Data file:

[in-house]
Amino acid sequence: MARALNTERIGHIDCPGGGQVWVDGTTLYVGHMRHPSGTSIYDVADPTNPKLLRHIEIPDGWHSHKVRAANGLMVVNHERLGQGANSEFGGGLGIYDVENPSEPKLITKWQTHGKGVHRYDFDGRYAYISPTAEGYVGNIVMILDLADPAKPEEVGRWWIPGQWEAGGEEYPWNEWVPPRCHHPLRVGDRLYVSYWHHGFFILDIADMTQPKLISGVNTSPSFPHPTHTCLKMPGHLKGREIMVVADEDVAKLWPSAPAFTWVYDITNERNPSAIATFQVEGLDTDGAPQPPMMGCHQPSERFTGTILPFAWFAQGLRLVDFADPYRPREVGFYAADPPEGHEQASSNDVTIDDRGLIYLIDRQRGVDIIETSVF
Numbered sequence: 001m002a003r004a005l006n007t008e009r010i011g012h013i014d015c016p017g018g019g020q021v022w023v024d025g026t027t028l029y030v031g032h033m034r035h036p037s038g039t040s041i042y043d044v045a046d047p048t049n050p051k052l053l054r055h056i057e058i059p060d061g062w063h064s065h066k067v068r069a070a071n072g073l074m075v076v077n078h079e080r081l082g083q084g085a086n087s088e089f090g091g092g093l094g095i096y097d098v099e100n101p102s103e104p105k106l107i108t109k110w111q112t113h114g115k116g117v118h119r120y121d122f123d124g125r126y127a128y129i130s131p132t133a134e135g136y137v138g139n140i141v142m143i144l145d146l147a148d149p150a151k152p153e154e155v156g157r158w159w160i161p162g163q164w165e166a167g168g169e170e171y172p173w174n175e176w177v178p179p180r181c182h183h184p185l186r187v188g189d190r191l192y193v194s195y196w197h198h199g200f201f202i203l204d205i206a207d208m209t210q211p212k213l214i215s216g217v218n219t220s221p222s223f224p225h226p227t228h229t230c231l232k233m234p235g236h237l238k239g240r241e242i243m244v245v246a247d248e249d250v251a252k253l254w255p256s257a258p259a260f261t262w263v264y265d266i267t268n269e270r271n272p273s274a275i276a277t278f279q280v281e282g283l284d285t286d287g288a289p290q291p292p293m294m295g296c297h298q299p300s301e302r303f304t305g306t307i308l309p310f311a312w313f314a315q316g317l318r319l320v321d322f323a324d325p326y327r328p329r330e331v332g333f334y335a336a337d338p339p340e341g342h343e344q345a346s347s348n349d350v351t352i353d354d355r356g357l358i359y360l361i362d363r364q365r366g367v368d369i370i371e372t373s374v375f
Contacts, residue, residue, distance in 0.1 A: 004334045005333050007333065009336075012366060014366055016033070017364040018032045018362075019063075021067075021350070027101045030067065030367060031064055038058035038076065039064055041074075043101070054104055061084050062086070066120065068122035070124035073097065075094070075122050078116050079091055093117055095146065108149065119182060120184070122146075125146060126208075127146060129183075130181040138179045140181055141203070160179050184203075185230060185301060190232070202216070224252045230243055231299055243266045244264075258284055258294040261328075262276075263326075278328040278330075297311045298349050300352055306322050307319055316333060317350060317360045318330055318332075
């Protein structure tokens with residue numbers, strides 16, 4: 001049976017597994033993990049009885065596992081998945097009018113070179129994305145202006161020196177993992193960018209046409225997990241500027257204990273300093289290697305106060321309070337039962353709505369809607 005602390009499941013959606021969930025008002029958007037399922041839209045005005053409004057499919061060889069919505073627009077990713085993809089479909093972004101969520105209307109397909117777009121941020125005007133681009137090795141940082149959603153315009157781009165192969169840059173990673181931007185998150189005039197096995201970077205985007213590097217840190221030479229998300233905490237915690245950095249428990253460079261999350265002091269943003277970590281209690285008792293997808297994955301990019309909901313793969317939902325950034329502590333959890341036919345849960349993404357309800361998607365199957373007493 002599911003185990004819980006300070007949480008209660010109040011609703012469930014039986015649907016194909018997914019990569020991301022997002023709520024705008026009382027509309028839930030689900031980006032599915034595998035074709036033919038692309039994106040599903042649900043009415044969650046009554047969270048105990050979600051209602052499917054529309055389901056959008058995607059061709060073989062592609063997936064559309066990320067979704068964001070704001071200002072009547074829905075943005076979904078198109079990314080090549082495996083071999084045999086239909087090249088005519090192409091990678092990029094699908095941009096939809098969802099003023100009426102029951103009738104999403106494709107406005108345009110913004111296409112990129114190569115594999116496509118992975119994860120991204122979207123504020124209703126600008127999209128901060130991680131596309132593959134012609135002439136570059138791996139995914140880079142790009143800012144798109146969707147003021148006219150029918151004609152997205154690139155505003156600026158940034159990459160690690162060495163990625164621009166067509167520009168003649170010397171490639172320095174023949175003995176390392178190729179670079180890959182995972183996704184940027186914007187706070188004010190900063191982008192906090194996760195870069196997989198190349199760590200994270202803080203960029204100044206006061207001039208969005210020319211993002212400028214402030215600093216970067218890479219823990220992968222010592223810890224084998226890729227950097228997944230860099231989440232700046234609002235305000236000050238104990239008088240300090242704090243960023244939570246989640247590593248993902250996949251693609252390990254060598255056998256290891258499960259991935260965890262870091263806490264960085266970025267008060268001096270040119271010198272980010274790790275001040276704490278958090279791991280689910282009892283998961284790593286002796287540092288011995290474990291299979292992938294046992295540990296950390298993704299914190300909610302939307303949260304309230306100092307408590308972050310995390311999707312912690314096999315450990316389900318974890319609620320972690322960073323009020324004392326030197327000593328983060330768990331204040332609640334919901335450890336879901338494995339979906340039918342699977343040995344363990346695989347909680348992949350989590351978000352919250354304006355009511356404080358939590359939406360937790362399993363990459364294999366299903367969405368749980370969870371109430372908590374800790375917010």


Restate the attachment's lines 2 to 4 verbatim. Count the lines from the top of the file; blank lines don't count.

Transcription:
Amino acid sequence: MARALNTERIGHIDCPGGGQVWVDGTTLYVGHMRHPSGTSIYDVADPTNPKLLRHIEIPDGWHSHKVRAANGLMVVNHERLGQGANSEFGGGLGIYDVENPSEPKLITKWQTHGKGVHRYDFDGRYAYISPTAEGYVGNIVMILDLADPAKPEEVGRWWIPGQWEAGGEEYPWNEWVPPRCHHPLRVGDRLYVSYWHHGFFILDIADMTQPKLISGVNTSPSFPHPTHTCLKMPGHLKGREIMVVADEDVAKLWPSAPAFTWVYDITNERNPSAIATFQVEGLDTDGAPQPPMMGCHQPSERFTGTILPFAWFAQGLRLVDFADPYRPREVGFYAADPPEGHEQASSNDVTIDDRGLIYLIDRQRGVDIIETSVF
Numbered sequence: 001m002a003r004a005l006n007t008e009r010i011g012h013i014d015c016p017g018g019g020q021v022w023v024d025g026t027t028l029y030v031g032h033m034r035h036p037s038g039t040s041i042y043d044v045a046d047p048t049n050p051k052l053l054r055h056i057e058i059p060d061g062w063h064s065h066k067v068r069a070a071n072g073l074m075v076v077n078h079e080r081l082g083q084g085a086n087s088e089f090g091g092g093l094g095i096y097d098v099e100n101p102s103e104p105k106l107i108t109k110w111q112t113h114g115k116g117v118h119r120y121d122f123d124g125r126y127a128y129i130s131p132t133a134e135g136y137v138g139n140i141v142m143i144l145d146l147a148d149p150a151k152p153e154e155v156g157r158w159w160i161p162g163q164w165e166a167g168g169e170e171y172p173w174n175e176w177v178p179p180r181c182h183h184p185l186r187v188g189d190r191l192y193v194s195y196w197h198h199g200f201f202i203l204d205i206a207d208m209t210q211p212k213l214i215s216g217v218n219t220s221p222s223f224p225h226p227t228h229t230c231l232k233m234p235g236h237l238k239g240r241e242i243m244v245v246a247d248e249d250v251a252k253l254w255p256s257a258p259a260f261t262w263v264y265d266i267t268n269e270r271n272p273s274a275i276a277t278f279q280v281e282g283l284d285t286d287g288a289p290q291p292p293m294m295g296c297h298q299p300s301e302r303f304t305g306t307i308l309p310f311a312w313f314a315q316g317l318r319l320v321d322f323a324d325p326y327r328p329r330e331v332g333f334y335a336a337d338p339p340e341g342h343e344q345a346s347s348n349d350v351t352i353d354d355r356g357l358i359y360l361i362d363r364q365r366g367v368d369i370i371e372t373s374v375f
Contacts, residue, residue, distance in 0.1 A: 004334045005333050007333065009336075012366060014366055016033070017364040018032045018362075019063075021067075021350070027101045030067065030367060031064055038058035038076065039064055041074075043101070054104055061084050062086070066120065068122035070124035073097065075094070075122050078116050079091055093117055095146065108149065119182060120184070122146075125146060126208075127146060129183075130181040138179045140181055141203070160179050184203075185230060185301060190232070202216070224252045230243055231299055243266045244264075258284055258294040261328075262276075263326075278328040278330075297311045298349050300352055306322050307319055316333060317350060317360045318330055318332075